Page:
I think the main thing is that the best way to get a book into a library is have someone request it. Cheat a little, get your friends to request it, we won’t know! Library acquisitions are driven by a lot of things—bestsellers, good reviews, word of mouth, but the absolute top of these are patron requests. Depending on the size of the library’s budget, it can mean between one request and ten requests, I would estimate. In our library, which doesn’t have a huge budget, if I see more than two requests, I will probably buy it. Also, if we have more than five holds on a book, I will buy a second copy, and one more for every increment of 5.

Another route you can take is to donate your book. Obviously, you wouldn’t get paid, which is the downside. Also, different libraries have different policies on it. In our library, if an author is “local” (I usually count that as our state) or if I’m familiar with the author or book, I will put it in but with the understanding that it shares the fate of all the other books in the collection. In our library that means that if it doesn’t check out in five years, then it is removed. I know that sounds horrifying to writers, but librarians have to look at the collection as a whole, and as a popular collection with limited space, we have to keep things moving.

A plea from me personally is to please don’t turn up and try to hand sell us your books. It’s awkward, you’re interrupting our regular work, and that’s not how we buy books. We generally buy them from distributors and pay them by invoice. We can’t just hand over cash or write a check. Plus, we’re introverts, please don’t do it to us.

Finally, by all means, contact us if you’d like to do an author talk or signing (email is always best) but don’t take it personally if we say no. Usually it’s because we’re trying to save you from an awful time. We generally know what our community will turn up for. In my town I have the hardest time getting folks to turn up for author events—even big names, but a talk on getting rid of Brown-Tail Moths? Phew, we’re packing them in.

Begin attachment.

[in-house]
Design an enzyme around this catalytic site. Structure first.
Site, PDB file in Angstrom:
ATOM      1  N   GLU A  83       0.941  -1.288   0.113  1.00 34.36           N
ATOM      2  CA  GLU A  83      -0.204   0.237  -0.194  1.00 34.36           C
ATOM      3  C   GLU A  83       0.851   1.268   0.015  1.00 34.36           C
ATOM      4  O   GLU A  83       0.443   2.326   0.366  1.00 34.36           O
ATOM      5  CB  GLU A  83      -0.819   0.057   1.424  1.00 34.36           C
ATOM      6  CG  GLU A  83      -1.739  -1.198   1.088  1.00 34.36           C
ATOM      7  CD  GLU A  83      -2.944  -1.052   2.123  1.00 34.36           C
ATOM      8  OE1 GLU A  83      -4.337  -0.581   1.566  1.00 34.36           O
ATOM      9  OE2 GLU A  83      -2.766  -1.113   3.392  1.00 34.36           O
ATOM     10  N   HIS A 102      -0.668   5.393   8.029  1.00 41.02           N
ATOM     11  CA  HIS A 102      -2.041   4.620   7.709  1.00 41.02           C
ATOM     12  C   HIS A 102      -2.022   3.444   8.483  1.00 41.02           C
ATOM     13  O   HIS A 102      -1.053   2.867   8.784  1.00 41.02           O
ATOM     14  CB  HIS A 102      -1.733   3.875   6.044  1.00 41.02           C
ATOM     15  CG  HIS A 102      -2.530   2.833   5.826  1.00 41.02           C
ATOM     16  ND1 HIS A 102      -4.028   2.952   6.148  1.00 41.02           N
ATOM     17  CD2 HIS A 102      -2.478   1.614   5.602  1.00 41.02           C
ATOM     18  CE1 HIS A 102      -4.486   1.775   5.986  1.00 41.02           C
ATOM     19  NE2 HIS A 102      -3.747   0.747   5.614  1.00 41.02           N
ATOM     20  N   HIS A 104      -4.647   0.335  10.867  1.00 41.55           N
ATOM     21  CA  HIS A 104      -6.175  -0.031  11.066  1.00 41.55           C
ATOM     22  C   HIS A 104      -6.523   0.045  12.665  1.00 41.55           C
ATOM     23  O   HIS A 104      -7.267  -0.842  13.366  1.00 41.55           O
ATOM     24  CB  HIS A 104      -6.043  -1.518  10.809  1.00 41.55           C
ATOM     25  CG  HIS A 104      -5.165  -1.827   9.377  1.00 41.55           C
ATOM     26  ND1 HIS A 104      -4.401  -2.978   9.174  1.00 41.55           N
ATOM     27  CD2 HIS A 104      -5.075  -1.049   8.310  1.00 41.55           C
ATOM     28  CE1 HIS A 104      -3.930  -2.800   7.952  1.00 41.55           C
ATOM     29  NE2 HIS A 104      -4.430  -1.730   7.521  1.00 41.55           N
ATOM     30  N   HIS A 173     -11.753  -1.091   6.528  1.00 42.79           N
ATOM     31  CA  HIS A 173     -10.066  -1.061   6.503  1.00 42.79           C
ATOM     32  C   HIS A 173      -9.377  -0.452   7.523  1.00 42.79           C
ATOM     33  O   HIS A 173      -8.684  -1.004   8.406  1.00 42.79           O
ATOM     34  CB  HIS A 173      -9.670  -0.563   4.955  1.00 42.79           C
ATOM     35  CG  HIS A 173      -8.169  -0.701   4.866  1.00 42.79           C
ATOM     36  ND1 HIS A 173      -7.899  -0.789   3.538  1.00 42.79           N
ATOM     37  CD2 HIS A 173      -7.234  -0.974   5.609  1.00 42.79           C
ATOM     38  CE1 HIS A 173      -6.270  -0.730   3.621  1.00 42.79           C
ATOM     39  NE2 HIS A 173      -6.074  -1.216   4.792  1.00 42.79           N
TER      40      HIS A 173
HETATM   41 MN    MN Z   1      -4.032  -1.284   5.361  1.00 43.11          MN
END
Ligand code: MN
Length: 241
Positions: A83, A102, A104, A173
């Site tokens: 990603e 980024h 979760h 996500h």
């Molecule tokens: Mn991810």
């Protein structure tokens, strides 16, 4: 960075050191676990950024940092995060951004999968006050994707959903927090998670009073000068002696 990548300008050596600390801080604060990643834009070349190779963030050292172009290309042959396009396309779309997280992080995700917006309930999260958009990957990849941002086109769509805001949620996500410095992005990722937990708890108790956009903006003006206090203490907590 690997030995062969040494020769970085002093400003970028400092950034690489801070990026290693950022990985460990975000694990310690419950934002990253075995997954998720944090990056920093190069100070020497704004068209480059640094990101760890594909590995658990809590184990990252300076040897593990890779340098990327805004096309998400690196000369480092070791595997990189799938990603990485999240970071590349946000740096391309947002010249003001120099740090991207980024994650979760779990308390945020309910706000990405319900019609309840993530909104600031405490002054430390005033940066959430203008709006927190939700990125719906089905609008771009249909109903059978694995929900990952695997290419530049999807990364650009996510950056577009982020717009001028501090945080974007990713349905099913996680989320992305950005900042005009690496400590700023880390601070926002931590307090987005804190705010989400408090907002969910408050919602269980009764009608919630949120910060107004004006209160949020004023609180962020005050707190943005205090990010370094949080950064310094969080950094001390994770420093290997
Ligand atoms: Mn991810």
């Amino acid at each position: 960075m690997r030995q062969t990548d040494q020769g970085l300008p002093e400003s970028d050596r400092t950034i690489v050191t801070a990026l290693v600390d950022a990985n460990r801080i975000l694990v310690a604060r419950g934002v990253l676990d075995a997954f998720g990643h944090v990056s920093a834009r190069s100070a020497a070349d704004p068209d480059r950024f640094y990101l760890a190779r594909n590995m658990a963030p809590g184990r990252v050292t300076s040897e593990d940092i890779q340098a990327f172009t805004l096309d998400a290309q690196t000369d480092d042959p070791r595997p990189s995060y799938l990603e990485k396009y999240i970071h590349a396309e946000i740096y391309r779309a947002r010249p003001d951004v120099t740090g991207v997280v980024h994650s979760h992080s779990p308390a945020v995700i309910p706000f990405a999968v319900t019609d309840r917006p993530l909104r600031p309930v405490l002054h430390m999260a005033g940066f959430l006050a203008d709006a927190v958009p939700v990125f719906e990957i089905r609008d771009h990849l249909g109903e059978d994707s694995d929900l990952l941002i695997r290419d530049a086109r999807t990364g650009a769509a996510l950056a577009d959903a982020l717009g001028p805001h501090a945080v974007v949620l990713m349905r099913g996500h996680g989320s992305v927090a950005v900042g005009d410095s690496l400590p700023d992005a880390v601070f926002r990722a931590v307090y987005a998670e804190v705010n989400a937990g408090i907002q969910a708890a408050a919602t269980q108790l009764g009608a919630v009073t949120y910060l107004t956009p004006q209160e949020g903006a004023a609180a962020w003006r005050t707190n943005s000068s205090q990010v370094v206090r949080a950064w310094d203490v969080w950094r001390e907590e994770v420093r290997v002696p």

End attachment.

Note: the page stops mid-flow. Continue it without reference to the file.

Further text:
What’s your favorite quote?

I have a fridge magnet that has a Chekhov quote on it. It says:

“Any idiot can face a crisis. It’s this day-to-day living that wears you out.”

Which has always been my go-to quote for years but now that I’m in month six of overlapping and back-to-back crises of both in my personal life and the larger world, I’d be glad to get back to that day-to-day living for a while.

My favorite first line is “It was the day my grandmother exploded” by Iain Banks in The Crow Road.

I think ultimately though, my favorite quote, the quote I try to live my life by, is by those esteemed philosophers, Bill S. Preston, Esq. and Ted “Theodore” Logan — “Be excellent to each other.”
How are you staying sane during all of this?

Hah! I’m really, really not. I’m doing a lot of doom scrolling and the cortisol flooding my brain is doing a real number on me. I had been calling it quarantine brain, but now it’s kind of *gestures around* everything brain.

I’ve been coping by getting through one day at a time. Trying to not be hard on myself if I’m not as productive as I usually am or performing to my previous standards. I’m not good for protesting for health reasons, I would probably be a burden so I’m trying to help in other ways—sharing information, amplifying voices, donating when I can.

What are you working on now?

I’m not! That’s not strictly true. I’m letting my brain burble away in the background. If I leave it long enough, it will usually clue me in to what I should be doing next. There are a few contenders. In the days before Covid, I had started a novel so I may go back to that. I have been noodling around with a poetry collection, but I don’t think I’ve quite got enough material yet, and then I have some short stories and a novella that need a lot of editing and revamping. So, it could be any of these or something else entirely. I’ll see what bubbles up to the top.

29354833_1883159865027762_476951707869434288_oEmma J. Gibbon is originally from Yorkshire in the U.K. and now lives in Midcoast Maine. She is a Rhysling-nominated speculative poet, horror writer and librarian. Her stories have appeared in the Toasted Cake podcast, The Muse & The Flame and the New England Horror Writers anthologies, Wicked Haunted and Wicked Weird. She also has a story upcoming in Would but Time Await: An Anthology of New England Folk Horror. Her debut fiction collection, Dark Blood Comes from the Feet, is out in May from Trepidatio Publishing. Her poetry has been published in Strange Horizons, LiminalityPedestal Magazine and Eye to the Telescope and is upcoming in Kaleidotrope. Emma lives with her husband, Steve, and three exceptional animals: Odin, Mothra and M. Bison (also known as Grim). She is a member of the New England Horror Writers, the Science Fiction & Fantasy Poetry Association, the Angela Carter Society and the Tuesday Mayhem Society.

You can find Dark Blood Comes From The Feet on Amazon here. Emma is on Twitter  Instagram and has a blog here.

One thought on “Q & A With Emma Jane Shaw Gibbon

  1. Pingback: Interview with Morgan Sylvia! – Emma J. Gibbon